Nearly nine out of every 10 prescriptions filled is for a generic medication. And while there’s plenty to admire about our generic system, cracks are beginning to show. There’s growing evidence these affordable drugs may become more expensive and harder to get.
Guy VanderLek has taken one 100 milligram dose a day of atenolol, a generic beta blocker for high blood pressure, for 10 years. This June, he went to his usual pharmacy and it had run out. He tried another one; it had also run out.
“I can’t get the medication I’ve been on for years from two of the largest pharmacy providers in the country,” VanderLek said. “It doesn’t make any sense to me.”
Drug shortages have been creeping up, with as many as 200 shortages on any given day last year, most of them generic, according to University of Utah Drug Information Service statistics. The shortages can be traced back to the success of the generics program.
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Since the 1980s, after a branded drug’s patent expires, manufacturers dive into the market, pushing prices down 80 percent to 90 percent. While that's great news for consumers, it means pencil-thin margins for drugmakers.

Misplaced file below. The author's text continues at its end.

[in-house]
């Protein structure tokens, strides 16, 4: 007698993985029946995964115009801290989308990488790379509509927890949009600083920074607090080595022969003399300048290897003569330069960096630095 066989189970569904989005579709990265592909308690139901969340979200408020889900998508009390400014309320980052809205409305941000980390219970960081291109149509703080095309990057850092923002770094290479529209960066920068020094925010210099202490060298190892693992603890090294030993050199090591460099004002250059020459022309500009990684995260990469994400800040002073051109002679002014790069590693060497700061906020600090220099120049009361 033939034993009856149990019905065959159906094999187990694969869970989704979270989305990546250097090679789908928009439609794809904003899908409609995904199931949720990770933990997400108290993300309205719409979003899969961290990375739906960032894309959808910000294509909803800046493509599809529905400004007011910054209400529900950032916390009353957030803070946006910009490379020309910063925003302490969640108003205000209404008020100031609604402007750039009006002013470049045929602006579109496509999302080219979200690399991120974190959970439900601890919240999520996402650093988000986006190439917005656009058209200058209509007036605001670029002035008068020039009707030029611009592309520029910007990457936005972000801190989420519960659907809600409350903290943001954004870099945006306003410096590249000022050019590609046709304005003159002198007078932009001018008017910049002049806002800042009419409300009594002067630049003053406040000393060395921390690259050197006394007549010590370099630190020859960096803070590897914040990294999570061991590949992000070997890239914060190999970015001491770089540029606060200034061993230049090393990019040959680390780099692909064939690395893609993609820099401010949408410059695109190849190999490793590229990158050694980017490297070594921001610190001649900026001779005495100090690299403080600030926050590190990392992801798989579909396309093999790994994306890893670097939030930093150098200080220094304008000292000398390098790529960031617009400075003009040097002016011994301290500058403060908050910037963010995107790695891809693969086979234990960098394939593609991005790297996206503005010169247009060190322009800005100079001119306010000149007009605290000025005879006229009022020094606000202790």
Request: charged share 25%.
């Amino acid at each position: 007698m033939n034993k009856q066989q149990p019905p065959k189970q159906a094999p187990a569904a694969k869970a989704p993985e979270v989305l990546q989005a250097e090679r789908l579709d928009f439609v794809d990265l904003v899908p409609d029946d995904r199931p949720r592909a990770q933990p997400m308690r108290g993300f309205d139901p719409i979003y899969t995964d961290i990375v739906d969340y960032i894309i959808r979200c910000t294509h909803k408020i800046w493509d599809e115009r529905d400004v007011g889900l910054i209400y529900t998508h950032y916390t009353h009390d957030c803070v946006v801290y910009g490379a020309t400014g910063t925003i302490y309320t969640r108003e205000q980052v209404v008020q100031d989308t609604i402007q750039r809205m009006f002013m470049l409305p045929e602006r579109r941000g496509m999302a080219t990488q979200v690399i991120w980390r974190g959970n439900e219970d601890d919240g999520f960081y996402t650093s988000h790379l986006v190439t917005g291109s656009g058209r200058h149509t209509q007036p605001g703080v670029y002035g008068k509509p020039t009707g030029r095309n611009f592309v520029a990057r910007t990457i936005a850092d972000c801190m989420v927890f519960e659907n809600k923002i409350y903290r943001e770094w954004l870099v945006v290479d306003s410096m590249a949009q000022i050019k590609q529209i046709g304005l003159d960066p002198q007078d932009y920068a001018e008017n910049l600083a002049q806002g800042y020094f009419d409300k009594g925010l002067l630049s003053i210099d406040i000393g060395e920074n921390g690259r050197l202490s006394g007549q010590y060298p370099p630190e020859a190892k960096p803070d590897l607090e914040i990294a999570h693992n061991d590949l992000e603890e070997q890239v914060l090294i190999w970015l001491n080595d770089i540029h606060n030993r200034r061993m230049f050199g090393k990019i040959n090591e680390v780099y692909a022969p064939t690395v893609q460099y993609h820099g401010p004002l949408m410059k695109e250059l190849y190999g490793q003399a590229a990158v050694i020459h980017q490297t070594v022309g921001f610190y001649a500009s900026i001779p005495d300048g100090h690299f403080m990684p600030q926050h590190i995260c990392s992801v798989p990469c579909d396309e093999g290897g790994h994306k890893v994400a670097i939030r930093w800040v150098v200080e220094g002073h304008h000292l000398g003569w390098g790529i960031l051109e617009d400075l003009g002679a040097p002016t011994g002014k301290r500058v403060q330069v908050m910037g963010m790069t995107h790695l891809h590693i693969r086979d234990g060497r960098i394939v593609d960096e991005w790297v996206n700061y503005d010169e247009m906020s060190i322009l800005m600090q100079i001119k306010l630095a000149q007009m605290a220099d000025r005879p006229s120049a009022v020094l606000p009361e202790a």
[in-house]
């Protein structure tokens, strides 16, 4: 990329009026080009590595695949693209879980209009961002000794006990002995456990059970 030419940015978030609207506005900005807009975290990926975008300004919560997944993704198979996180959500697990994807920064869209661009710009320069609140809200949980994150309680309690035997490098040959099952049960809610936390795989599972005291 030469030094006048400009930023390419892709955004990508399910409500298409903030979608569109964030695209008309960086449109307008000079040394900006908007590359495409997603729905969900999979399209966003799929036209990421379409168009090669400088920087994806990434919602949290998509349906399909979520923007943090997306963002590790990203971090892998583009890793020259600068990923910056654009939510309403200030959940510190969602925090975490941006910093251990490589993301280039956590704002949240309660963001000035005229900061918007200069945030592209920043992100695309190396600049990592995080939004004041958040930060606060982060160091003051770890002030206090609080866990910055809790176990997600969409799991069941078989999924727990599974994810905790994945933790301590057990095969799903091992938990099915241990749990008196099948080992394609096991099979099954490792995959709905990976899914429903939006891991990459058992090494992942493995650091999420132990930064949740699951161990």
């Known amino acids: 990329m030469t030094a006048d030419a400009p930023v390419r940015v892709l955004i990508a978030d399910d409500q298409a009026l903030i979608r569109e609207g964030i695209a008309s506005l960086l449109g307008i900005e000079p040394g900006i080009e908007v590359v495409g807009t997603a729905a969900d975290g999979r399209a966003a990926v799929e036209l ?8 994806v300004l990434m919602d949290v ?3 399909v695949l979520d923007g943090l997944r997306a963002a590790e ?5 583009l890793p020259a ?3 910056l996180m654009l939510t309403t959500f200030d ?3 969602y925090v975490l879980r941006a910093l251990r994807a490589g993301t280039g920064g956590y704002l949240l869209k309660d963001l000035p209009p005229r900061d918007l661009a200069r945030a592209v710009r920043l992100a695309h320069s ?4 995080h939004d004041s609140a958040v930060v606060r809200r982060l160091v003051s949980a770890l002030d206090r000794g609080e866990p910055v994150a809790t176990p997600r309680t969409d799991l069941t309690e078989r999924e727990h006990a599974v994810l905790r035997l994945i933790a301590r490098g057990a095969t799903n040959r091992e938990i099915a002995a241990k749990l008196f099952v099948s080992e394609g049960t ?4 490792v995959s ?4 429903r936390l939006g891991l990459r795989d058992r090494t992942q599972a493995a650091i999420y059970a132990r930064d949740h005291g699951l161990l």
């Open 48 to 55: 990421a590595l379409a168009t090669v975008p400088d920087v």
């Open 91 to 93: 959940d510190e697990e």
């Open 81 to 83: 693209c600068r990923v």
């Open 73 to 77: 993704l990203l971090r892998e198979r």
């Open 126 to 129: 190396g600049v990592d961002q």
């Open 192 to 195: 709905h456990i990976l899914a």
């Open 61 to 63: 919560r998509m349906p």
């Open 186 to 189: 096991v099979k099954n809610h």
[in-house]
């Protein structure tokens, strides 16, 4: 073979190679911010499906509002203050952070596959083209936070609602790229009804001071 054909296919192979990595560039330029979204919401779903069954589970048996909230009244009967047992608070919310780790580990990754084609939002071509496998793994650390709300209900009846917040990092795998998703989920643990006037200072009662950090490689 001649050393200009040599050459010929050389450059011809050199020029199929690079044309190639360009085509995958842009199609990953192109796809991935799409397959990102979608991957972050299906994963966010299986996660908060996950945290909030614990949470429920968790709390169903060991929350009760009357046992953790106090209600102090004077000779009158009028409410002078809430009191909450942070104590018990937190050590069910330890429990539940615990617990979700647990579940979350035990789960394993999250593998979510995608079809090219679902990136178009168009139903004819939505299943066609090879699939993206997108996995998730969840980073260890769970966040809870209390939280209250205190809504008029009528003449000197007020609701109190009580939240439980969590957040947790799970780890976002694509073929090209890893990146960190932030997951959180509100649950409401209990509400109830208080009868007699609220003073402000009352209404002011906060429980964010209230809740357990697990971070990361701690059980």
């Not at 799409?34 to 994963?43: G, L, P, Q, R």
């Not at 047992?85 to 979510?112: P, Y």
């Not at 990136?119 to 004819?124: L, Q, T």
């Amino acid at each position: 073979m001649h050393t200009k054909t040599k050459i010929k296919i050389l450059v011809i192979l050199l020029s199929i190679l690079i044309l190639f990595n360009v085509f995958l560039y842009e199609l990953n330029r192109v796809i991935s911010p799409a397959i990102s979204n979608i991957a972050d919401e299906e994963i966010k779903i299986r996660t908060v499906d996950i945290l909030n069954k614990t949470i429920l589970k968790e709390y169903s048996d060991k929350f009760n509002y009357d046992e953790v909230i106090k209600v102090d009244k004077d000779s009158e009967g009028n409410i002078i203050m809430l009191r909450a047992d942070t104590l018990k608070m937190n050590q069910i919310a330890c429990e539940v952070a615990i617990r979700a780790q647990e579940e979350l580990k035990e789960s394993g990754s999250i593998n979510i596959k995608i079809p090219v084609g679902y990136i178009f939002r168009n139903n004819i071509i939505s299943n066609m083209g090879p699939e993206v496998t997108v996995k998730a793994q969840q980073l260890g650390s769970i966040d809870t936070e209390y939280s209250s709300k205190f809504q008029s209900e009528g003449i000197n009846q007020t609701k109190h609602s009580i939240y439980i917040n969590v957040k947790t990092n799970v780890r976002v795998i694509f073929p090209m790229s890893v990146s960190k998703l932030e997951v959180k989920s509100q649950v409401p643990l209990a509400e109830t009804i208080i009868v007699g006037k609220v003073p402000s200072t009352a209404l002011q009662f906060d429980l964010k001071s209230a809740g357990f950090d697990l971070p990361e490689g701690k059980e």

University of Chicago economist Rena Conti said over time, those tiny profits push some manufacturers to bow out, leaving just a few players.
“In the long term, only two to four manufacturers are actually making these drugs,” she said.
This is an old problem. But new research from Conti shows it’s now on steroids. Narrow profits, pressure from Obamacare and recent federal regulations have driven some manufacturers to consolidate. So today, Conti finds 40 percent of generics are made by just one drugmaker.
University of Utah pharmacist Erin Fox, who monitors drug shortages, said the more generic monopolies, the more common it’ll be for people like VanderLek to struggle filling his prescription.
“That means when there is any type of supply glitch, a manufacturing problem, a quality problem, it almost always ends up in a shortage,” she said.
And of course, the more consolidation in the market, the more manufacturers can charge. A Government Accountability Office study from last year found more than 20 percent of generic drugs had more than doubled in price in the last few years.
Conti said our system continues doing a great job creating competition; now we’ve got to figure out how to preserve it.
“Right now, we have a regulatory infrastructure that is very focused on pulling competition into the market,” she said. “But we have very little assurance that the market will stay competitive over time.”
It’s beginning to dawn on federal health officials that something must be done. One idea is to import generics from overseas when a drugmaker jacks up the price.
Conti said the challenge for Congress and the FDA is to devise a way to encourage companies to jump into the market when monopolies crop up. A tall task, she admits, considering generic drug company profit margins.
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